A law that was created to shield land managers and property owners from liability claims is under fire and public trail access — including bike trails — across Oregon could be in jeopardy. That’s the state-of-play due to a decision in July 2023 by the Oregon Court of Appeals in a case that hinged on the legal concept of, “recreational immunity.”
Oregon’s recreational immunity law (ORS 105.682) states, “an owner of land is not liable in contract or tort for any personal injury, death or property damage that arises out of the use of the land for recreational purposes.” The idea behind this law is to encourage landowners (government entities or private companies/individuals) to keep trails open to the public without fear of being sued if someone is hurt using them.
Challenges to this law have happened before, but one if its biggest tests yet began when a woman slipped on a trail and broke her leg while walking near Agate Beach on the Oregon Coast in 2019 and sued the City of Newport for damages, saying the law shouldn’t apply because she wasn’t recreating at the time of her fall. Nicole Fields claimed the city was negligent because they failed to maintain a footbridge on a trail that led to the beach. Her lawyers argued their client was using the trail as an access route to her recreation — and was not technically recreating — when she fell. A local judge didn’t accept that argument and ruled in favor of the City of Newport. But last summer, the decision was reversed by the Court of Appeals. When the Oregon Supreme Court refused to hear an appeal to the case in October, it raised questions about how to apply this important law.
Some cities and land managers are confused and worried that they will no longer be shielded from lawsuits if they keep trails open. According to the Salem Statesman Journal, several coastal cities have already closed trails and paused trail projects already. The Journal also reports that some legal experts feel closures are an overreaction, spurred by insurance industry scare tactics.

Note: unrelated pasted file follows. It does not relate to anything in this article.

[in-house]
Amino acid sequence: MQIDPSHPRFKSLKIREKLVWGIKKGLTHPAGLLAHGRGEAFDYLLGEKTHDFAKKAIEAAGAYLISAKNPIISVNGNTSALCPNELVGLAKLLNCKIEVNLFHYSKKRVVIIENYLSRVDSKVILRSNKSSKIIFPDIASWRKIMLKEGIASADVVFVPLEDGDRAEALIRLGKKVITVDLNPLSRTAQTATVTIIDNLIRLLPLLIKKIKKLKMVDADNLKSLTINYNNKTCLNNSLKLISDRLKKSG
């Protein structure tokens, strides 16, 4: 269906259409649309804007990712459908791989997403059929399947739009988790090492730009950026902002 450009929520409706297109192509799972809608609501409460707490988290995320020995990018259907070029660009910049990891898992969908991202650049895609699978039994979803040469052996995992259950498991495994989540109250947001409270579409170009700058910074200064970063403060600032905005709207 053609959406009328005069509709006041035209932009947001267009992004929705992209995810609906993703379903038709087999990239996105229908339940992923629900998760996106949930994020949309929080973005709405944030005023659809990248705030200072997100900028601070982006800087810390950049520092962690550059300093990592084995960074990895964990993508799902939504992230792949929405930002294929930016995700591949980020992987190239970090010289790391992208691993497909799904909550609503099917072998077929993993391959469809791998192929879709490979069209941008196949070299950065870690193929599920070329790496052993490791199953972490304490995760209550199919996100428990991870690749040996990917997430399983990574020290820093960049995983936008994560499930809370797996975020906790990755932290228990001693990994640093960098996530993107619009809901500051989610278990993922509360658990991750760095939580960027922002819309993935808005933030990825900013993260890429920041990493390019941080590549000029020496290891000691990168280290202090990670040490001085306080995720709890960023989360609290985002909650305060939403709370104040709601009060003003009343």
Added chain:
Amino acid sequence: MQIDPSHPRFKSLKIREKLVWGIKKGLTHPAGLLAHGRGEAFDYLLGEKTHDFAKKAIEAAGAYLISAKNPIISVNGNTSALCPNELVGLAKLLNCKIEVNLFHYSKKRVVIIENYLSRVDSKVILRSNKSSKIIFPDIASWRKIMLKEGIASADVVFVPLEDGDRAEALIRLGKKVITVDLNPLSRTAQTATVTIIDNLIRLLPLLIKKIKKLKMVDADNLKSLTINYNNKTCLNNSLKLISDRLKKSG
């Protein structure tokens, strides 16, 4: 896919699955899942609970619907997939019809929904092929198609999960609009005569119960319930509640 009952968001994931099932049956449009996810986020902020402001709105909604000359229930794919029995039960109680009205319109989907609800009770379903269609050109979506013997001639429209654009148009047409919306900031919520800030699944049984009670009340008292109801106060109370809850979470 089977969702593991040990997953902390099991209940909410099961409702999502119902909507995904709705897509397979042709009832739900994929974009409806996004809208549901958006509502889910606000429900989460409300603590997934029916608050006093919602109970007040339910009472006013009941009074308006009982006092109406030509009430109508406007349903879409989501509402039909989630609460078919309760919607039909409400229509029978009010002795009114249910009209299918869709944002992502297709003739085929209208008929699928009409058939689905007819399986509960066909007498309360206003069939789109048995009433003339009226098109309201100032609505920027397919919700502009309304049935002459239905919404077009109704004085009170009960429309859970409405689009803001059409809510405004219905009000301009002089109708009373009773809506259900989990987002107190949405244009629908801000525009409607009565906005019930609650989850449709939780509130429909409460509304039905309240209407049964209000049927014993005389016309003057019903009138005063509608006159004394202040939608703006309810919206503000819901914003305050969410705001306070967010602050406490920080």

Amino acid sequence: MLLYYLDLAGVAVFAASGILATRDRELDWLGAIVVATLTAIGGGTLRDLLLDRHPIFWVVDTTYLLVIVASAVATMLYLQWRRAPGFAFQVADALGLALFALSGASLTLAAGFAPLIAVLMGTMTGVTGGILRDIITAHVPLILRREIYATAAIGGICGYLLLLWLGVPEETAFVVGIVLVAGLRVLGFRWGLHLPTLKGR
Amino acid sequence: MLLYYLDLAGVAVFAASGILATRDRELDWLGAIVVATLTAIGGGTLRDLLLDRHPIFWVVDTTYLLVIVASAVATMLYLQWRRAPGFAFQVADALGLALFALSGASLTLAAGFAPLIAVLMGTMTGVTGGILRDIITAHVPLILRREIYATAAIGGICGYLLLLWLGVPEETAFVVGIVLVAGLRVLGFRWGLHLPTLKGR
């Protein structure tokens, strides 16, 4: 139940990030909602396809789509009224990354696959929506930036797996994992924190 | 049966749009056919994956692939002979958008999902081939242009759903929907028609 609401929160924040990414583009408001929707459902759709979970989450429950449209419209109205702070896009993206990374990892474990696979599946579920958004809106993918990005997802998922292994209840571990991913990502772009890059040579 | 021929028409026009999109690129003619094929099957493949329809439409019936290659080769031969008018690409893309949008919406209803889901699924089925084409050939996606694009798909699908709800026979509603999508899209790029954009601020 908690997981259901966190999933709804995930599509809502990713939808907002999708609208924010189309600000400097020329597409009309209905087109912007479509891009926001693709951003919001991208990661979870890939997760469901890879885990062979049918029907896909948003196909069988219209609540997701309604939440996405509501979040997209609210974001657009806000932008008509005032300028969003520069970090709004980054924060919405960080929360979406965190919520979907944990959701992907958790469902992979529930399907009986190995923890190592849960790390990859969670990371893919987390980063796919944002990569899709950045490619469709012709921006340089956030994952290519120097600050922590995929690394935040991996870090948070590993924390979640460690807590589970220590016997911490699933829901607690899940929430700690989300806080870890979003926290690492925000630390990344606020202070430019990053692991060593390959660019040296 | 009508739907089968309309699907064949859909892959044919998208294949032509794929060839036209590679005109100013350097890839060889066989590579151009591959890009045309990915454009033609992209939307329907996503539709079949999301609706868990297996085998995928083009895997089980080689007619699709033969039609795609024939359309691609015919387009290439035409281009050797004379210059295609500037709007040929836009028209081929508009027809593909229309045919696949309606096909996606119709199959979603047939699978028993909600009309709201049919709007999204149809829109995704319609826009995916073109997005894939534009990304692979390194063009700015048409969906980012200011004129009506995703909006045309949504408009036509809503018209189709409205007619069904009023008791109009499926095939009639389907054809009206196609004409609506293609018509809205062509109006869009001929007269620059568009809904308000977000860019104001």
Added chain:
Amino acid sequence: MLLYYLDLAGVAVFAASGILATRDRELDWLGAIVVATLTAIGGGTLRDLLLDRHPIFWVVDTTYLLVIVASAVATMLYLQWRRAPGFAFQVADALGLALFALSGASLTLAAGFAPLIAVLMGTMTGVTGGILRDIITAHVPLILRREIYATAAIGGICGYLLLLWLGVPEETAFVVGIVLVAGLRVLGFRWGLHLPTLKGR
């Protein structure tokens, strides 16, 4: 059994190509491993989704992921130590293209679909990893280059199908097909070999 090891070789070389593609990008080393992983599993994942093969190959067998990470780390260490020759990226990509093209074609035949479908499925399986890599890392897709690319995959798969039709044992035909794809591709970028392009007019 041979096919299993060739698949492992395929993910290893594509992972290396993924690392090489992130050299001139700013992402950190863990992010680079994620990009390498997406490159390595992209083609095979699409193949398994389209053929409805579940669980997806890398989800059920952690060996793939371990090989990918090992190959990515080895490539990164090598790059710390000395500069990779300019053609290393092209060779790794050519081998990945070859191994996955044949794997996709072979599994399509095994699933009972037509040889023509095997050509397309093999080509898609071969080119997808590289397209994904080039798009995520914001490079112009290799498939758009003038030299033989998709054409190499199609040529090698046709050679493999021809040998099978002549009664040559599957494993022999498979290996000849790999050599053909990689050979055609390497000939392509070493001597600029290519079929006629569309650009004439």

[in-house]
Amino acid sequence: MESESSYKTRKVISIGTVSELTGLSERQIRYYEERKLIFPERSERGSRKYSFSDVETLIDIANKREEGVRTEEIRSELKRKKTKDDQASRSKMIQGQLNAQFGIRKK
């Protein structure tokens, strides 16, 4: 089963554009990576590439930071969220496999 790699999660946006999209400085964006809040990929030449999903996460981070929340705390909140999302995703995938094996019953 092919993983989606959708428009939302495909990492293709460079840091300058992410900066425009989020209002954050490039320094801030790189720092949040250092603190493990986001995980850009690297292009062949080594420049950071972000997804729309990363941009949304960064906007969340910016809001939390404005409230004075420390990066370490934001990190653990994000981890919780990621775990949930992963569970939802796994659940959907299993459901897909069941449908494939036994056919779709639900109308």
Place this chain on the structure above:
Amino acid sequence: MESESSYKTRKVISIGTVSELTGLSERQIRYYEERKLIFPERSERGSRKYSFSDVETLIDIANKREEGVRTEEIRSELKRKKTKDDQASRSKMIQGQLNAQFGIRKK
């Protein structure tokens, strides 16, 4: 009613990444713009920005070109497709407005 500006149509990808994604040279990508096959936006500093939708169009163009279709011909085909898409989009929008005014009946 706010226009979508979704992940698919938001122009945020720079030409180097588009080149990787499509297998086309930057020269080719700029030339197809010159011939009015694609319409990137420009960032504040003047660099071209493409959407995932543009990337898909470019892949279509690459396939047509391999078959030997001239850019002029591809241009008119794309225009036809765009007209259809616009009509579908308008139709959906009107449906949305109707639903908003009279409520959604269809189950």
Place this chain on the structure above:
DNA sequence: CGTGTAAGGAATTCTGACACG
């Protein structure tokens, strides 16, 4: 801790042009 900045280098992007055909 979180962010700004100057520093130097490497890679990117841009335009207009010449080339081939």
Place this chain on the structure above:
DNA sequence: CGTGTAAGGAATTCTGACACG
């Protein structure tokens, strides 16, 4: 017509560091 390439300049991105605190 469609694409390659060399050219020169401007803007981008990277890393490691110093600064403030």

While the issue is debated and everyone waits for clarity from the Oregon Legislature, trail advocates are not sitting on their hands.
The Oregon Trails Coalition, a statewide nonprofit, sent an action alert to members last month that warned, “Oregon’s trails are under threat!” The organization’s top priority for the 2024 short session is to seek a legislative fix. “Oregon Trails Coalition is helping… to bring attention to the issue and encourage lawmakers to Protect Oregon Recreation by restoring recreational immunity in Oregon with new language that provides clear protections for land managers that open their lands to the public,” reads an OTC blog post published December 15th.
Observers say a fix to the law is imminent in the 2024 session that begins Monday, February 5th. If a bill is introduced, stay tuned for opportunities to testify. You can also make plans to join OTC and other advocates at their Trails Day at the Oregon Capitol event on February 12th.